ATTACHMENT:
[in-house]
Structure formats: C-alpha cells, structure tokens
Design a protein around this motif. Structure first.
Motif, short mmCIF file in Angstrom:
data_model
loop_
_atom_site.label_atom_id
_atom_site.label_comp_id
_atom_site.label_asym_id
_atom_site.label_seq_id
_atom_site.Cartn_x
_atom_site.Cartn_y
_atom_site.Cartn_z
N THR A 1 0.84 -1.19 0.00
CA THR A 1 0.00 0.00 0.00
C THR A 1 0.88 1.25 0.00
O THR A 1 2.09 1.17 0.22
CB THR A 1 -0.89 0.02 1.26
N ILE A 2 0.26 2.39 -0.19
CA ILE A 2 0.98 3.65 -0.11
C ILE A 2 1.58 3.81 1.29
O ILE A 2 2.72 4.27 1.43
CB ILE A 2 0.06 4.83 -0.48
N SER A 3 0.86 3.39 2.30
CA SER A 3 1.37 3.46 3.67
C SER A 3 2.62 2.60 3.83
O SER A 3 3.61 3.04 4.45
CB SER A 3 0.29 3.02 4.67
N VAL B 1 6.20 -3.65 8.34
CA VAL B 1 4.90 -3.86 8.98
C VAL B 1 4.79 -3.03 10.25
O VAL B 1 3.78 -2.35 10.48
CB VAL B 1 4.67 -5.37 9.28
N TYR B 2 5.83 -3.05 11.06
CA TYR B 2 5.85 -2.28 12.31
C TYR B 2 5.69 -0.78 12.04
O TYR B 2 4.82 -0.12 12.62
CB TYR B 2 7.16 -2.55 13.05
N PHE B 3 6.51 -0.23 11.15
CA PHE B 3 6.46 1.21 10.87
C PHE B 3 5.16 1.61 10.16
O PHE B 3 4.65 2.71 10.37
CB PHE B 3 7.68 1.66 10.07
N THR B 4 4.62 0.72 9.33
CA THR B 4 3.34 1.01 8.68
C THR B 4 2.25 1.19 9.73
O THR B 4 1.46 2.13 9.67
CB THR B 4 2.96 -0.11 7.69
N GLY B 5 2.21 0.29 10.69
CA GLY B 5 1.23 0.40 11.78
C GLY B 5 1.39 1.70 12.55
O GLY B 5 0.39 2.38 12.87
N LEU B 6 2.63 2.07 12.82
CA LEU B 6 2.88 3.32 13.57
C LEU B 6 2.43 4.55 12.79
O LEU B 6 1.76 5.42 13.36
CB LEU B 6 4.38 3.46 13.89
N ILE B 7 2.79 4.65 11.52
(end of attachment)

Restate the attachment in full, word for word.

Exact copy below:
[in-house]
Structure formats: C-alpha cells, structure tokens
Design a protein around this motif. Structure first.
Motif, short mmCIF file in Angstrom:
data_model
loop_
_atom_site.label_atom_id
_atom_site.label_comp_id
_atom_site.label_asym_id
_atom_site.label_seq_id
_atom_site.Cartn_x
_atom_site.Cartn_y
_atom_site.Cartn_z
N THR A 1 0.84 -1.19 0.00
CA THR A 1 0.00 0.00 0.00
C THR A 1 0.88 1.25 0.00
O THR A 1 2.09 1.17 0.22
CB THR A 1 -0.89 0.02 1.26
N ILE A 2 0.26 2.39 -0.19
CA ILE A 2 0.98 3.65 -0.11
C ILE A 2 1.58 3.81 1.29
O ILE A 2 2.72 4.27 1.43
CB ILE A 2 0.06 4.83 -0.48
N SER A 3 0.86 3.39 2.30
CA SER A 3 1.37 3.46 3.67
C SER A 3 2.62 2.60 3.83
O SER A 3 3.61 3.04 4.45
CB SER A 3 0.29 3.02 4.67
N VAL B 1 6.20 -3.65 8.34
CA VAL B 1 4.90 -3.86 8.98
C VAL B 1 4.79 -3.03 10.25
O VAL B 1 3.78 -2.35 10.48
CB VAL B 1 4.67 -5.37 9.28
N TYR B 2 5.83 -3.05 11.06
CA TYR B 2 5.85 -2.28 12.31
C TYR B 2 5.69 -0.78 12.04
O TYR B 2 4.82 -0.12 12.62
CB TYR B 2 7.16 -2.55 13.05
N PHE B 3 6.51 -0.23 11.15
CA PHE B 3 6.46 1.21 10.87
C PHE B 3 5.16 1.61 10.16
O PHE B 3 4.65 2.71 10.37
CB PHE B 3 7.68 1.66 10.07
N THR B 4 4.62 0.72 9.33
CA THR B 4 3.34 1.01 8.68
C THR B 4 2.25 1.19 9.73
O THR B 4 1.46 2.13 9.67
CB THR B 4 2.96 -0.11 7.69
N GLY B 5 2.21 0.29 10.69
CA GLY B 5 1.23 0.40 11.78
C GLY B 5 1.39 1.70 12.55
O GLY B 5 0.39 2.38 12.87
N LEU B 6 2.63 2.07 12.82
CA LEU B 6 2.88 3.32 13.57
C LEU B 6 2.43 4.55 12.79
O LEU B 6 1.76 5.42 13.36
CB LEU B 6 4.38 3.46 13.89
N ILE B 7 2.79 4.65 11.52